Over the life of nuclear fuel, inhomogeneous structures develop, negatively impacting thermal properties. New fuels are under development, but require more accurate knowledge of how the properties change to model performance and determine safe operational conditions. Measurement systems capable of small–scale, pointwise thermal property measurements and low cost are necessary to measure these properties and integrate into hot cells where electronics are likely to fail during fuel investigation. This project develops a cheaper, smaller, and easily replaceable Fluorescent Scanning Thermal Microscope (FSTM) using the blue laser and focusing circuitry from an Xbox HD-DVD player. The FSTM also incorporates novel fluorescent thermometry methods to determine thermal diffusivity. The FSTM requires minimal sample preparation, does not require access to both sides of the sample, and components can be easily swapped out if damaged, as is likely in irradiated hot cells. Using the optical head from the Xbox for sensing temperature changes, an infrared laser diode provides periodic heating to the sample, and the blue laser induces fluorescence in Rhodamine B deposited on the sample's surface. Thermal properties are fit to modulated temperature models from the literature based on the phase delay response at different modulated heating frequencies. With the FSTM method, the thermal diffusivity of a 10 cent euro coin was found to be 21±5 mm2/s. This value is compared to Laser Flash Analysis and a Thermal Conductivity Microscope (which used thermoreflectance a method), which found the thermal diffusivity to be 30.4±0.1 mm2/s and 19±3 mm2/s, respectively. The hardware and instrumentation performed as expected, but the property measurements show that the device is not yet optimized to provide accurate measurements with current heat transfer models. Future work is discussed to investigate the accuracy and necessary modeling adjustments, as well as refinements to the instrumentation.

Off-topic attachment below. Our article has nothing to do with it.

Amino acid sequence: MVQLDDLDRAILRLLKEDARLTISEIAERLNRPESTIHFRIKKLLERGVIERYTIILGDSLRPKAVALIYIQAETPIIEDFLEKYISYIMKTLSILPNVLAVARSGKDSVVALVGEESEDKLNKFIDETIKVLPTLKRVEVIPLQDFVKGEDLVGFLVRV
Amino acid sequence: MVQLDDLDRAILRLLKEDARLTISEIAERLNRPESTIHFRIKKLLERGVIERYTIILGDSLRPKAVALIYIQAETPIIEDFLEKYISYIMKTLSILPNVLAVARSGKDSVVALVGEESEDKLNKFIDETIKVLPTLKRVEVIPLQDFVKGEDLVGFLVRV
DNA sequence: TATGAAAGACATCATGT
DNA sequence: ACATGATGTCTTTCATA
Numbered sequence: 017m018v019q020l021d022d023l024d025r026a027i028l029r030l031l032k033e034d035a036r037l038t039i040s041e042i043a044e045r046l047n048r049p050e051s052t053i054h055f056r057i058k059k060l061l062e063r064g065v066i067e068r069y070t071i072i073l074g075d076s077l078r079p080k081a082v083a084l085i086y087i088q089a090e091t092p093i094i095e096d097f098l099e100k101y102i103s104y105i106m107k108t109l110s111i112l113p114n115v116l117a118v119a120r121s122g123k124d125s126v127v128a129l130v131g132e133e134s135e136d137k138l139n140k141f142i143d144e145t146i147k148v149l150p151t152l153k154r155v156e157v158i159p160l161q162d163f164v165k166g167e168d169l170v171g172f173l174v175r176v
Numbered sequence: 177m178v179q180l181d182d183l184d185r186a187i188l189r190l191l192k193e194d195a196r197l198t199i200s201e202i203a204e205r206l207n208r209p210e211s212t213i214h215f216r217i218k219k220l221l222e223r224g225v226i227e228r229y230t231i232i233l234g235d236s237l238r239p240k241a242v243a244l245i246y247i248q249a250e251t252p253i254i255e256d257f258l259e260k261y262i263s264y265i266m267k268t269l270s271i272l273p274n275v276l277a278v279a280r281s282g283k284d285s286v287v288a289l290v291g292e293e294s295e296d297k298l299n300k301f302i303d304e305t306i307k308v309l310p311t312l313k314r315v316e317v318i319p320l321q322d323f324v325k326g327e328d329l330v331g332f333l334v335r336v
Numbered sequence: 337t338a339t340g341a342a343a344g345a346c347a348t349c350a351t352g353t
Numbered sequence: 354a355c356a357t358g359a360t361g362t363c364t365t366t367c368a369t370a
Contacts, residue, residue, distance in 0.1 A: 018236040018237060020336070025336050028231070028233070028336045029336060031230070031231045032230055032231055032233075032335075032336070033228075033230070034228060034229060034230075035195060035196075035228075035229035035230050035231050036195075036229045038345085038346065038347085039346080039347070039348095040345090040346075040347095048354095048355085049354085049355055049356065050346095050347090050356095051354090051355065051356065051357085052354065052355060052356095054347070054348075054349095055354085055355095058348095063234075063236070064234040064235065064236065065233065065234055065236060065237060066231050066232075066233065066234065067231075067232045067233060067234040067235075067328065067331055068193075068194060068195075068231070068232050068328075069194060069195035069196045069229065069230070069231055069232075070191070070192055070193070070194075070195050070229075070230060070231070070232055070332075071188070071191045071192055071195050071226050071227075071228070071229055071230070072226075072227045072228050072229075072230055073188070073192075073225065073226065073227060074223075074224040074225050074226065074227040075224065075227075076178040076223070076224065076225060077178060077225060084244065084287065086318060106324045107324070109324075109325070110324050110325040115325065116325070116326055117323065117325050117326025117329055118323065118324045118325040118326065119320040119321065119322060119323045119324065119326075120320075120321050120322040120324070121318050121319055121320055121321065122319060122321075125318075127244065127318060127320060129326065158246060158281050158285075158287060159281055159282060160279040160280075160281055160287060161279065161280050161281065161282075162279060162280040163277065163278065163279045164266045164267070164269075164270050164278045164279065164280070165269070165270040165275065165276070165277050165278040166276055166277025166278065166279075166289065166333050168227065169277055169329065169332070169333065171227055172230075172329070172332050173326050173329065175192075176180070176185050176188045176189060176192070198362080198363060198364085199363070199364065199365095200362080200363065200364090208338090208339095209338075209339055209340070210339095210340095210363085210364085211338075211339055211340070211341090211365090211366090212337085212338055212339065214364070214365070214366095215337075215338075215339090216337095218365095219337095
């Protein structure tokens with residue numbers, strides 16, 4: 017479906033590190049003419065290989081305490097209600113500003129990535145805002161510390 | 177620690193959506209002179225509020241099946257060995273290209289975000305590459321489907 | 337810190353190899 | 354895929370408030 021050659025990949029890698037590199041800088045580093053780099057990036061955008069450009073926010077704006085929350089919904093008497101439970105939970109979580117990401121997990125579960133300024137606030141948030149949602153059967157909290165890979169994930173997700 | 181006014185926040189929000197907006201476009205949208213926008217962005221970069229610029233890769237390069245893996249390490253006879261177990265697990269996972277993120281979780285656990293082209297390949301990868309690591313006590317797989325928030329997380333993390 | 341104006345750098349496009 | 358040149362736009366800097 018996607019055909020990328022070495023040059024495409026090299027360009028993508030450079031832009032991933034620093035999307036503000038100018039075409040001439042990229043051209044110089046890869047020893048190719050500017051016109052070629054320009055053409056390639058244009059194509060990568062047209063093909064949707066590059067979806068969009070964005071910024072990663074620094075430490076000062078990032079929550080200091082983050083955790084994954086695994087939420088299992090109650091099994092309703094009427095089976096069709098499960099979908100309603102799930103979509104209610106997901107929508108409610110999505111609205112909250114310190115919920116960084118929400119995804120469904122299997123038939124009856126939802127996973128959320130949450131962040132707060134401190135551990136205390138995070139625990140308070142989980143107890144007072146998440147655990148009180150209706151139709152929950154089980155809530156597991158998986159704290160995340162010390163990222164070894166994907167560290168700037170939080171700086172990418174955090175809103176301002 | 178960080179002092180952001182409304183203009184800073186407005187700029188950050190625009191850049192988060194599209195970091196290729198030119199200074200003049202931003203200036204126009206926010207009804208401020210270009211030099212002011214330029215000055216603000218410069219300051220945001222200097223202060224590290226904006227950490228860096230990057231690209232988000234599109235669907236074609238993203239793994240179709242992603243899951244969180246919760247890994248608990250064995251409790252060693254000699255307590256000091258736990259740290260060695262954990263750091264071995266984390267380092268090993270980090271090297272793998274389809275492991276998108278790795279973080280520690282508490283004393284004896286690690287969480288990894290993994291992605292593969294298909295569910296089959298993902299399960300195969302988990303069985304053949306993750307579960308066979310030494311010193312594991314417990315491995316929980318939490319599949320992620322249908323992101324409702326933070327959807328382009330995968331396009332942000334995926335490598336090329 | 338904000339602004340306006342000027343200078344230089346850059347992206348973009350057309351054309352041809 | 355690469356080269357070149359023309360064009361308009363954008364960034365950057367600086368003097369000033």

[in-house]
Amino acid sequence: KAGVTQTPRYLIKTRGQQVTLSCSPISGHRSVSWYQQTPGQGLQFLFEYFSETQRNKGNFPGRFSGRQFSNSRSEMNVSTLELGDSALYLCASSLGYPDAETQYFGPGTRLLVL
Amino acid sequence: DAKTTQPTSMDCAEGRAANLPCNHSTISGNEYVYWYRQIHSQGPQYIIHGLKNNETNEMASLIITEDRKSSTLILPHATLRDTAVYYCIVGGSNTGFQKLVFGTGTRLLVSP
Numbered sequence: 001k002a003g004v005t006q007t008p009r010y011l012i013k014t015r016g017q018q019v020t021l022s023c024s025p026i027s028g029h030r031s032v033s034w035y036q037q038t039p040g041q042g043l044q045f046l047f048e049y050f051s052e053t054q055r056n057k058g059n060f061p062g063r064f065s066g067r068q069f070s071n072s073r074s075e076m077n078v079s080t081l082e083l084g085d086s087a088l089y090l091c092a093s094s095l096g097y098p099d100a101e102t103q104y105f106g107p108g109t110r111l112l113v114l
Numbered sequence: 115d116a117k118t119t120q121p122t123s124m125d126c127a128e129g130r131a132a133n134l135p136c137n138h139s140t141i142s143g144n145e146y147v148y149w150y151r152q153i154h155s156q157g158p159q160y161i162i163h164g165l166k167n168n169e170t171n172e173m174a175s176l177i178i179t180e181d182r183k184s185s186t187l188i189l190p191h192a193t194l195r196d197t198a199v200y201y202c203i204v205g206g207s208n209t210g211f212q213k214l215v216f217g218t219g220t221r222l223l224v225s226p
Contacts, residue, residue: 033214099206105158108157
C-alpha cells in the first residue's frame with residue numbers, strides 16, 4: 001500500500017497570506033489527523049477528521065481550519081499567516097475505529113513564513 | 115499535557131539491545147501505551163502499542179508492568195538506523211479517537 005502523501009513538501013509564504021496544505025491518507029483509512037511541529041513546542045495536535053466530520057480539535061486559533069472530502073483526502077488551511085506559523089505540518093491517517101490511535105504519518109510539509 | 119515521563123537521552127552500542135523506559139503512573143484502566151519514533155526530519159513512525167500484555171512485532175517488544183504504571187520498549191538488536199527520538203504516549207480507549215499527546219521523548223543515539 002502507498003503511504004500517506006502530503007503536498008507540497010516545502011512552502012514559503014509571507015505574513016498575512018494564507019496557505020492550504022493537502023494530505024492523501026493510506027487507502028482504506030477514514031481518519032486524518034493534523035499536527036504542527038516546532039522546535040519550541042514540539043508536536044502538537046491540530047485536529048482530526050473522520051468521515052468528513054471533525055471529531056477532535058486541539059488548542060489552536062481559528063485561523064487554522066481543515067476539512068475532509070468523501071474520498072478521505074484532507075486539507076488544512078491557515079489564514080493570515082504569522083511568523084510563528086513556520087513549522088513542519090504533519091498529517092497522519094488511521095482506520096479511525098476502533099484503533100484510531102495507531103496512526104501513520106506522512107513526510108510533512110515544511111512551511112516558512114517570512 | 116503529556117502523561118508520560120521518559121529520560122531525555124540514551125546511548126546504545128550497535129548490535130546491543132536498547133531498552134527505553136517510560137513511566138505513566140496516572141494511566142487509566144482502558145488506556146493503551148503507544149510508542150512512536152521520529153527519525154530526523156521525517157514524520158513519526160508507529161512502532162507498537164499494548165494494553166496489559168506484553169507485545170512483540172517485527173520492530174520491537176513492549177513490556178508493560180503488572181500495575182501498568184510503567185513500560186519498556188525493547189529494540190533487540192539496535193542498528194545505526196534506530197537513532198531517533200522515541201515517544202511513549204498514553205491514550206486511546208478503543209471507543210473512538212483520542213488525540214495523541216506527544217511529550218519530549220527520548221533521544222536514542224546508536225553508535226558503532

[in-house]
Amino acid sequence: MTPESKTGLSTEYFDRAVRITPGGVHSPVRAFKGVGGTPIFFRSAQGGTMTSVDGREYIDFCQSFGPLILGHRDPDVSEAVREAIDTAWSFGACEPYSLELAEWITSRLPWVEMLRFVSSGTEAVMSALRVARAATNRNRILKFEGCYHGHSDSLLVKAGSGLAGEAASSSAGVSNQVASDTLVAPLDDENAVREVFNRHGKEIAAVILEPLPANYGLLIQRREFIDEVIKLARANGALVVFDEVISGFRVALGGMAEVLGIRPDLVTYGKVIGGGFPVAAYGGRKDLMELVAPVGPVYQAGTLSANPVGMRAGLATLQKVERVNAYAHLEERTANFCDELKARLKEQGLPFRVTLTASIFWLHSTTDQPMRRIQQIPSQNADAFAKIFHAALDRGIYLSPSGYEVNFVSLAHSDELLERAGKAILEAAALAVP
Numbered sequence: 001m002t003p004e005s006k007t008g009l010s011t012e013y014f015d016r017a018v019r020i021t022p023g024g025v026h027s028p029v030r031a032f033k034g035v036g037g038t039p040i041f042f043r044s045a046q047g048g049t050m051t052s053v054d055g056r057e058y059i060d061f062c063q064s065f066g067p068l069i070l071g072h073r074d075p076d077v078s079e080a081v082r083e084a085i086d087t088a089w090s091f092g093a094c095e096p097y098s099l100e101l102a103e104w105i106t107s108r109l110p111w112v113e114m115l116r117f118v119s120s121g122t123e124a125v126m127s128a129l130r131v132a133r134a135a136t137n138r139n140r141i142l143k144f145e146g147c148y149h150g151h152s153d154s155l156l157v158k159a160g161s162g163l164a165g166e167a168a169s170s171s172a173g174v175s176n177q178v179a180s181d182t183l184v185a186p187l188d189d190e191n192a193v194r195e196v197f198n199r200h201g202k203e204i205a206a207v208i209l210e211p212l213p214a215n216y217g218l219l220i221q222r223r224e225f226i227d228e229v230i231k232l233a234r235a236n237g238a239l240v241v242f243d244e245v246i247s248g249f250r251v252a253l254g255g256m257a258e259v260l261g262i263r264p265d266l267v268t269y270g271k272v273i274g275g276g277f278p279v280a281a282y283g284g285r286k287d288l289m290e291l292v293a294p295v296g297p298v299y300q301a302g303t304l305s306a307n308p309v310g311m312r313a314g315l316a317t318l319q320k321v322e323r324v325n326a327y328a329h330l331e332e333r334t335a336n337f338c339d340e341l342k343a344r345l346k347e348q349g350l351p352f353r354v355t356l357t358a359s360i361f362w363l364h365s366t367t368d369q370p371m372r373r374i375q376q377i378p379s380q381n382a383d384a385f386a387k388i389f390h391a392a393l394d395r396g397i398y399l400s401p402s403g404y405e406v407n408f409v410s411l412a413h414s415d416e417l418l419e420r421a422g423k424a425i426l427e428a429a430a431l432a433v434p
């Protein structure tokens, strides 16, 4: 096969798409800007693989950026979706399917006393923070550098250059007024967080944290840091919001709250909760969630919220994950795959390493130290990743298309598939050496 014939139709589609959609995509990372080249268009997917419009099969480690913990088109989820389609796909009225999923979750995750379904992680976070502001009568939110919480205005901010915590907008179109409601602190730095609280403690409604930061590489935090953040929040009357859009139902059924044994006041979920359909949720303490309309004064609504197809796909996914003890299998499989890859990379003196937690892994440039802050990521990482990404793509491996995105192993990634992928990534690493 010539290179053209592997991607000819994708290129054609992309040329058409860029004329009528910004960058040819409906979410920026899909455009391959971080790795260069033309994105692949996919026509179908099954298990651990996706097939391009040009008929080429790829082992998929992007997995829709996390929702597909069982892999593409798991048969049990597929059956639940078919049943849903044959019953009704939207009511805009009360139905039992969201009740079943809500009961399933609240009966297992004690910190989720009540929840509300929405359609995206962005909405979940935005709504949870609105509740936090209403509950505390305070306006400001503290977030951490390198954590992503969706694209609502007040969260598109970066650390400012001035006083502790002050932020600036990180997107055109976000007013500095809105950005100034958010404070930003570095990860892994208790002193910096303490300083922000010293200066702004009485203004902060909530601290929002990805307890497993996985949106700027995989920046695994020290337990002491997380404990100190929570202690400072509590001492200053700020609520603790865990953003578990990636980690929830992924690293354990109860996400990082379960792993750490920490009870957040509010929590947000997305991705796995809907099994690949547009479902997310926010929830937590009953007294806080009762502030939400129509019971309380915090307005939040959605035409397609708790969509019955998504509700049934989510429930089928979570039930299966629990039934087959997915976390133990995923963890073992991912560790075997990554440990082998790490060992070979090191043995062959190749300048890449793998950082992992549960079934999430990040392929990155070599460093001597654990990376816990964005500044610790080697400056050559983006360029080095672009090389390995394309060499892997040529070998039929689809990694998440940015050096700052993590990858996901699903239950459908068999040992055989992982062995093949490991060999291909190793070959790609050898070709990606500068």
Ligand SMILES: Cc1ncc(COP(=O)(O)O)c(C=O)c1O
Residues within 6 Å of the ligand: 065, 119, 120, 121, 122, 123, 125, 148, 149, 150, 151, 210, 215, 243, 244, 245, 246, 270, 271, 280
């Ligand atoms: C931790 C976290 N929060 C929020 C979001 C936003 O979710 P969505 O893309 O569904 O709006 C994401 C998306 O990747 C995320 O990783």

College and Department

Ira A. Fulton College of Engineering and Technology; Mechanical Engineering



Date Submitted


Document Type





thermal diffusivity, fluorescent thermometry, photothermal, instrumentation